Afghanistan is a country exposed to earthquakes, floods, droughts, mass movements and other hazards. Recent droughts in the years 2000, 2006, and 2011 have impacted millions of Afghans. Earthquakes have also caused fatalities, injuries and losses of various kinds. On 22 June 2009, UN-SPIDER was invited to a briefing among United Nations agencies in Kabul to discuss how best to make use of spatial data/mapping tools to support disaster-risk reduction and emergency response activities in Afghanistan.
United Nations Assistance Mission in Afghanistan (UNAMA)
The mission was conducted via an inter-agency meeting with representatives of United Nations agencies in Afghanistan that contribute to disaster-risk management and emergency response efforts in this country.
The mission allowed UN agencies working under the umbrella of the United Nations Assistance Mission in Afghanistan (UNAMA) to become aware of UN-SPIDER, its mission, and the type of technical advisory support that it can provide to countries such as Afghanistan. The important role of remote sensing in humanitarian response and planning was underlined through examples provided by OCHA concerning recent floods that impacted this country, including the most recent one in May 2009, where UN-SPIDER was requested to provide technical support. UN-SPIDER pledged additional technical expertise to support both the Government and the United Nations Country Team in Afghanistan to ensure this forum is closely linked to available resources; and encouraged the Afghanistan National Disaster Management Authority to establish a working group as a way to promote the sharing of information as a way to improve efforts targeting disaster-risk reduction and emergency response.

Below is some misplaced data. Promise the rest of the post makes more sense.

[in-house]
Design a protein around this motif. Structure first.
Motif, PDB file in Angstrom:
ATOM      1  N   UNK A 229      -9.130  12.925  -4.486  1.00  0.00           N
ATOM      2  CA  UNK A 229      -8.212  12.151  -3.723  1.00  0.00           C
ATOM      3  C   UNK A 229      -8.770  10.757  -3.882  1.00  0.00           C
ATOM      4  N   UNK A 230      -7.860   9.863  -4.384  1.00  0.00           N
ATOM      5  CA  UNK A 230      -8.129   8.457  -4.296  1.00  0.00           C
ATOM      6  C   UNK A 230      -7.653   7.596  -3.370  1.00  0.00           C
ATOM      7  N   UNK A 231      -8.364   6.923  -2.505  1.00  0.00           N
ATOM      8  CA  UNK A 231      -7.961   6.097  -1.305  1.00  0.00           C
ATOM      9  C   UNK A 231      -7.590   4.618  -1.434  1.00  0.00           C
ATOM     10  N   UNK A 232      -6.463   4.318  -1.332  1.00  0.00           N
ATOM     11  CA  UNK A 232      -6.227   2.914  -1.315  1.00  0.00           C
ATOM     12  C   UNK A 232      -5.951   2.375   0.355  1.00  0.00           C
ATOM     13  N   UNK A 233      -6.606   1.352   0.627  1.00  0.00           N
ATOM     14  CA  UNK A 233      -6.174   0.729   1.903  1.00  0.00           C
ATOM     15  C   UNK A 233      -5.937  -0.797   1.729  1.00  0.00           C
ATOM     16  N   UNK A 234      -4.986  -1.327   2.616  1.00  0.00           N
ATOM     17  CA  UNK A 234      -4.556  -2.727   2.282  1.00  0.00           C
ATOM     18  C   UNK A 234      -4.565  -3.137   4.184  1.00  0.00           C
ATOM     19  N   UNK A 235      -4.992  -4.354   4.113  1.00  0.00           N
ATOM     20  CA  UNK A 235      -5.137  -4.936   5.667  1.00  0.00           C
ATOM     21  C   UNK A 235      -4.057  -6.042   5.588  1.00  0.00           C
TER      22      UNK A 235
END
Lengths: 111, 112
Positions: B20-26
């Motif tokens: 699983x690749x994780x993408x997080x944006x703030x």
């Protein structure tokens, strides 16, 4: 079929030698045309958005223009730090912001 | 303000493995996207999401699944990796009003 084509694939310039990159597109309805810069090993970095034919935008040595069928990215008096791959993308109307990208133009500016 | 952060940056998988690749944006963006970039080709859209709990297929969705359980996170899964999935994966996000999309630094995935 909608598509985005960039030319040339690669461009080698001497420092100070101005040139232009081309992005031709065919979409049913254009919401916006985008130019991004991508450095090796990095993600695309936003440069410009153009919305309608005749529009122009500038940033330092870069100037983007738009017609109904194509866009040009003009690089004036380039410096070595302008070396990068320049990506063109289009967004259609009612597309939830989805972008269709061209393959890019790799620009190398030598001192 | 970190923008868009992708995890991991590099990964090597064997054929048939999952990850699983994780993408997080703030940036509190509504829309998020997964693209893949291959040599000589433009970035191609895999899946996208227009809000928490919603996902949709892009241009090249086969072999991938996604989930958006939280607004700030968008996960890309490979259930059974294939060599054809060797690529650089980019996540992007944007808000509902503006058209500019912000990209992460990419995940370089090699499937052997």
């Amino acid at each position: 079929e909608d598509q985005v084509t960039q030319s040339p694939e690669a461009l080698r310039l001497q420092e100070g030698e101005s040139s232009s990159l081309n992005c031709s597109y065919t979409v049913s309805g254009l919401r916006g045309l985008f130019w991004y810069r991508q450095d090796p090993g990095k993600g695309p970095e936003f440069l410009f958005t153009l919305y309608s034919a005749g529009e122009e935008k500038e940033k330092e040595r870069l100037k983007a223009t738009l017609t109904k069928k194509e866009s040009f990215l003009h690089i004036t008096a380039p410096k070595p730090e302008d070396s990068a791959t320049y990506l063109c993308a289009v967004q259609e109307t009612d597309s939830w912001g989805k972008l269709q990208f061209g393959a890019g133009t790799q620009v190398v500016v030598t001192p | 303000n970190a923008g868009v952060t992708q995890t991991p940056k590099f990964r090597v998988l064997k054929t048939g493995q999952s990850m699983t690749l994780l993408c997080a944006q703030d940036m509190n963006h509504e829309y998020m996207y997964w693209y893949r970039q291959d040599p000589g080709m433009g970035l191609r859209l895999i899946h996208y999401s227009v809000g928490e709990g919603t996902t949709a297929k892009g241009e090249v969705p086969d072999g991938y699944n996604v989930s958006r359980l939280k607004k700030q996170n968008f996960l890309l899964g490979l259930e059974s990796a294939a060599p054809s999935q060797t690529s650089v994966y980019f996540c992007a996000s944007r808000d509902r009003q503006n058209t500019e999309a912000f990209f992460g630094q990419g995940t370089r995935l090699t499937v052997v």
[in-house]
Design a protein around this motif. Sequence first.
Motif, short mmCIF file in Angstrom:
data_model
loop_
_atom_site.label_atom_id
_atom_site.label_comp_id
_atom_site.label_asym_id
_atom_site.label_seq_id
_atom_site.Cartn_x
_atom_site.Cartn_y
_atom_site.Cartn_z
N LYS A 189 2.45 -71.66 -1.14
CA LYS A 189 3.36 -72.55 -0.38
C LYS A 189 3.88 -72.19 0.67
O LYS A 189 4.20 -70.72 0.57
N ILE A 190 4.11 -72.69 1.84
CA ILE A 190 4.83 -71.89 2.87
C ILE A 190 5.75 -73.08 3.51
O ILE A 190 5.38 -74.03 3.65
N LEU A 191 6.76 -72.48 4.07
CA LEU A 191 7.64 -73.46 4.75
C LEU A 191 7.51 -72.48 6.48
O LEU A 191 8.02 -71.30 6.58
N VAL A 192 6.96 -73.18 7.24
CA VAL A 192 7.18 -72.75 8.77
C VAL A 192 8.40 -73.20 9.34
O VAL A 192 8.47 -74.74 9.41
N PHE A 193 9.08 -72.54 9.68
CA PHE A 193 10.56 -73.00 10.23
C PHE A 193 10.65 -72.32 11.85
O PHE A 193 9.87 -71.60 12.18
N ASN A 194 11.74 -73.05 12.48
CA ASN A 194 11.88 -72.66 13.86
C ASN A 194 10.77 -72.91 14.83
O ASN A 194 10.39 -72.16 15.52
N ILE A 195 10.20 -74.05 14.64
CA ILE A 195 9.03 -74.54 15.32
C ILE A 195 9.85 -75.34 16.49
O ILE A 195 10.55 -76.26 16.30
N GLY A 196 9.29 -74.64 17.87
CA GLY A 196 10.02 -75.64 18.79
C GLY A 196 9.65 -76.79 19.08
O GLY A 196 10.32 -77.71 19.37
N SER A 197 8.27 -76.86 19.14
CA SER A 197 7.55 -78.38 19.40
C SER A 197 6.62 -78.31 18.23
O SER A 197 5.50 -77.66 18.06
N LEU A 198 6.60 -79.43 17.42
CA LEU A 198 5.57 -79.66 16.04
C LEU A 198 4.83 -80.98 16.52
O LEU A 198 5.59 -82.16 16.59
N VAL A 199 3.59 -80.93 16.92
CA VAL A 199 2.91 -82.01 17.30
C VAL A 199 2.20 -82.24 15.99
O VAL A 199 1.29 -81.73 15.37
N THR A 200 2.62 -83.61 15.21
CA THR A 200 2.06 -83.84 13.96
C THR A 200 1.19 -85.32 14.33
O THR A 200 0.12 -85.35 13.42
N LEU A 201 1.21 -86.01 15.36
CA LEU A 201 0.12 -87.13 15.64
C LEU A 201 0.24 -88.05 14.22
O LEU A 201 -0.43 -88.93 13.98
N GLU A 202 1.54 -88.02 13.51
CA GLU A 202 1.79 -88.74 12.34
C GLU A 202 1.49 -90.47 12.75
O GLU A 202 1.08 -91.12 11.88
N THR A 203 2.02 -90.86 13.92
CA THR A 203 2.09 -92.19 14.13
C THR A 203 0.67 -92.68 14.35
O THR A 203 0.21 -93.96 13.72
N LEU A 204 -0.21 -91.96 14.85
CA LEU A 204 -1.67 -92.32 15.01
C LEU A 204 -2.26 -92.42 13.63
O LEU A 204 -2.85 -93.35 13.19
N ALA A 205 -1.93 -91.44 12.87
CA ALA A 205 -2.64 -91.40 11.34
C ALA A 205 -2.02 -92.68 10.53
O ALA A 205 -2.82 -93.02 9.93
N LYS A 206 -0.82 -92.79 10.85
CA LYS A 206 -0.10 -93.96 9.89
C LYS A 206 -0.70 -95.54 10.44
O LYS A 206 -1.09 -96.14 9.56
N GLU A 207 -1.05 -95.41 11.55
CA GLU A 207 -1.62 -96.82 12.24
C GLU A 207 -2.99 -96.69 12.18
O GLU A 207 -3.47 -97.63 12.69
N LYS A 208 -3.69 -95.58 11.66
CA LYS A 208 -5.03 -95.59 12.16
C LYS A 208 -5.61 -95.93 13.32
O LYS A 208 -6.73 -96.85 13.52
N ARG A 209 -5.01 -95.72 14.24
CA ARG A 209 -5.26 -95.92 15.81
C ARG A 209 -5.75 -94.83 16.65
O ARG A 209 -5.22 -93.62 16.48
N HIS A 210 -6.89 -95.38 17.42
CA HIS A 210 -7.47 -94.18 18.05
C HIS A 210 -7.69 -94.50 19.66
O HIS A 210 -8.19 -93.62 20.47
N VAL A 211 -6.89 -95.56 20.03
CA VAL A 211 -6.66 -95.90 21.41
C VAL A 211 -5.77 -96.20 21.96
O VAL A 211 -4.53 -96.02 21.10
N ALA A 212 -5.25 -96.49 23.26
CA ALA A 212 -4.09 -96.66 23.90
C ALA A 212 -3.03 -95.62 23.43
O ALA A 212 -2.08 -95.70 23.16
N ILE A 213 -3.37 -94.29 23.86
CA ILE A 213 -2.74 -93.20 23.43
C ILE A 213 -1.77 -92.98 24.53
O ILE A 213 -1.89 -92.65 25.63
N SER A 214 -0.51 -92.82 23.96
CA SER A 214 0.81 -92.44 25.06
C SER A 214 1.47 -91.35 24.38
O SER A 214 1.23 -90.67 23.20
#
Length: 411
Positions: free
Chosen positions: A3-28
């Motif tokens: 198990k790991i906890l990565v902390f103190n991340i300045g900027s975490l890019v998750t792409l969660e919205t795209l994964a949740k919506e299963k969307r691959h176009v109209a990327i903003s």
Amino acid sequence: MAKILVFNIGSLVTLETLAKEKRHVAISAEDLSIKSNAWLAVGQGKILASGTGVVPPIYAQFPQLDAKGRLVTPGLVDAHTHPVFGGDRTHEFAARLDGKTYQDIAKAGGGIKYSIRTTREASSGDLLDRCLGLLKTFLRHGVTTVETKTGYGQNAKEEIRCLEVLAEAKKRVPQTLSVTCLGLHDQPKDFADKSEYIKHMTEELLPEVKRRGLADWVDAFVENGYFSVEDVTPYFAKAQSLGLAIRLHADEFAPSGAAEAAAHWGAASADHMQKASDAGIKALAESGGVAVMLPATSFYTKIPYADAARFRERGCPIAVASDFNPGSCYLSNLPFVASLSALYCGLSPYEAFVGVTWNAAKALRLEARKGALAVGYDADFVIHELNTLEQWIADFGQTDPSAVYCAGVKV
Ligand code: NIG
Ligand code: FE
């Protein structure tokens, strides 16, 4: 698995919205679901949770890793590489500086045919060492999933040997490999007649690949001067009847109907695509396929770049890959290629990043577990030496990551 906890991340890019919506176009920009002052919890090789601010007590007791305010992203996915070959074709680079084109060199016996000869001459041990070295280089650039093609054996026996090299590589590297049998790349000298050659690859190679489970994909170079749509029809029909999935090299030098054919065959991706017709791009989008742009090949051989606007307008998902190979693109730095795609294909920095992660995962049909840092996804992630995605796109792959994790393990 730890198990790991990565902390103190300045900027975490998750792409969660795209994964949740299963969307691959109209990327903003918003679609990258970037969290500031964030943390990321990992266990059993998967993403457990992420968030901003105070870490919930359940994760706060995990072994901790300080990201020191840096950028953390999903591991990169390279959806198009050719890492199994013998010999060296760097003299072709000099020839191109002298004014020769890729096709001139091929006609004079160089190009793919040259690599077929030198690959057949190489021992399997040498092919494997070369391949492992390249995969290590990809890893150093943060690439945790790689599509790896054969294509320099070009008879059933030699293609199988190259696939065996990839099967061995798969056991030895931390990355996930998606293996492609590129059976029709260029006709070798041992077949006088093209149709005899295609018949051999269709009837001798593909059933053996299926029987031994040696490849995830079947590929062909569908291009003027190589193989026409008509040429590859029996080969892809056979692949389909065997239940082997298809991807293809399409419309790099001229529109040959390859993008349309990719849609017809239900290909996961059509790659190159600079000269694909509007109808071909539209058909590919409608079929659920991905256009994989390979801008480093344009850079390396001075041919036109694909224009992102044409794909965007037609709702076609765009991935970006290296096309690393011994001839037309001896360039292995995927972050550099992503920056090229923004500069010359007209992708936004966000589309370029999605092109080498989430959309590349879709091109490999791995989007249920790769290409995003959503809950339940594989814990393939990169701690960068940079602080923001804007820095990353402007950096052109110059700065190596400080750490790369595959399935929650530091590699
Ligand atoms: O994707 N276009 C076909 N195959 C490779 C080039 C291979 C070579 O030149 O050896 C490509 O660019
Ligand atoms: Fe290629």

Ecuador is exposed to a variety of geologic and hydro-meteorological hazards, including many active volcanoes. In addition, it is exposed to climatic events such as El Niño and La Niña. At the request of the Ministry of Foreign Affairs, Commerce and Integration (MRECI), UN-SPIDER conducted a Technical Advisory Mission to Ecuador. The mission aimed to identify strengths and weaknesses regarding the access to and subsequent use of space-based information in activities carried out in all phases of the disaster cycle.
Sat, 03/10/2009 to Thu, 08/10/2009
National Secretariat for Risk Management (SNGR) and Ministry of Foreign Affairs, Commerce and Integration of Ecuador (MRECI)
The mission was led by two experts from UN-SPIDER who were accompanied by one expert from the National Institute for Space Research of Brazil (INPE) and one expert from the National Commission for Space Activities of Argentina (CONAE).
The mission included visits to 12 Government agencies and representatives of agencies of the United Nations in Ecuador. It benefited from the fact that UN-SPIDER conducted its regional workshop for Latin America and the Caribbean a week before the mission took place, which allowed Ecuadorian agencies to showcase how they were using space-based information for a variety of purposes targeting all phases of the disaster cycle.